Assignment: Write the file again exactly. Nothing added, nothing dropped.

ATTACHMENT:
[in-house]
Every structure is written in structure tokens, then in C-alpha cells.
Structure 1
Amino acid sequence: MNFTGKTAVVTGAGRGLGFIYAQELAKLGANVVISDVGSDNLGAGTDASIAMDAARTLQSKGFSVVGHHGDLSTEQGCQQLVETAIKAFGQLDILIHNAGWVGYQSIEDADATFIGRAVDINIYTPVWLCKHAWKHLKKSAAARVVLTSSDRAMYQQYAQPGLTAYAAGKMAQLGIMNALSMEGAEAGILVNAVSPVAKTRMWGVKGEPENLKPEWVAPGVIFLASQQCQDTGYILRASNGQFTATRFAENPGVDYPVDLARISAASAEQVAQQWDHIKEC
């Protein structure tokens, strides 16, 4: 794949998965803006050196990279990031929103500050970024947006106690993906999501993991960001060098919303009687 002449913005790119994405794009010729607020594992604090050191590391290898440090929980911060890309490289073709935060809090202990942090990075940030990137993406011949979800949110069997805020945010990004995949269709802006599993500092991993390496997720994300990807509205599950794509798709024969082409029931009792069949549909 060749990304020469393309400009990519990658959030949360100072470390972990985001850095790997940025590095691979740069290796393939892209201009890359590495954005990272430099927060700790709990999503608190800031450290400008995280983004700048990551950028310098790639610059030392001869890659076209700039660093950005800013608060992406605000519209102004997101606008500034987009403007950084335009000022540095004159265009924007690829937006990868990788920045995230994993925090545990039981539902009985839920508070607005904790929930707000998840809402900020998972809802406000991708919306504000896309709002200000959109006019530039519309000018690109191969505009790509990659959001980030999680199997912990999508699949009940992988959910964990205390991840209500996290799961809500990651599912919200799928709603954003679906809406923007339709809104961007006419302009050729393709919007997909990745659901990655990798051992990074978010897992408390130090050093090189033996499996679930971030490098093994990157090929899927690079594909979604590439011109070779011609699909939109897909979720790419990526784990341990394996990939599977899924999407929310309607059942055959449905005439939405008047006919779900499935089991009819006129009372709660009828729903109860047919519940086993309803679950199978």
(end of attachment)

[in-house]
Every structure is written in structure tokens, then in C-alpha cells.
Structure 1
Amino acid sequence: MNFTGKTAVVTGAGRGLGFIYAQELAKLGANVVISDVGSDNLGAGTDASIAMDAARTLQSKGFSVVGHHGDLSTEQGCQQLVETAIKAFGQLDILIHNAGWVGYQSIEDADATFIGRAVDINIYTPVWLCKHAWKHLKKSAAARVVLTSSDRAMYQQYAQPGLTAYAAGKMAQLGIMNALSMEGAEAGILVNAVSPVAKTRMWGVKGEPENLKPEWVAPGVIFLASQQCQDTGYILRASNGQFTATRFAENPGVDYPVDLARISAASAEQVAQQWDHIKEC
């Protein structure tokens, strides 16, 4: 794949998965803006050196990279990031929103500050970024947006106690993906999501993991960001060098919303009687 002449913005790119994405794009010729607020594992604090050191590391290898440090929980911060890309490289073709935060809090202990942090990075940030990137993406011949979800949110069997805020945010990004995949269709802006599993500092991993390496997720994300990807509205599950794509798709024969082409029931009792069949549909 060749990304020469393309400009990519990658959030949360100072470390972990985001850095790997940025590095691979740069290796393939892209201009890359590495954005990272430099927060700790709990999503608190800031450290400008995280983004700048990551950028310098790639610059030392001869890659076209700039660093950005800013608060992406605000519209102004997101606008500034987009403007950084335009000022540095004159265009924007690829937006990868990788920045995230994993925090545990039981539902009985839920508070607005904790929930707000998840809402900020998972809802406000991708919306504000896309709002200000959109006019530039519309000018690109191969505009790509990659959001980030999680199997912990999508699949009940992988959910964990205390991840209500996290799961809500990651599912919200799928709603954003679906809406923007339709809104961007006419302009050729393709919007997909990745659901990655990798051992990074978010897992408390130090050093090189033996499996679930971030490098093994990157090929899927690079594909979604590439011109070779011609699909939109897909979720790419990526784990341990394996990939599977899924999407929310309607059942055959449905005439939405008047006919779900499935089991009819006129009372709660009828729903109860047919519940086993309803679950199978």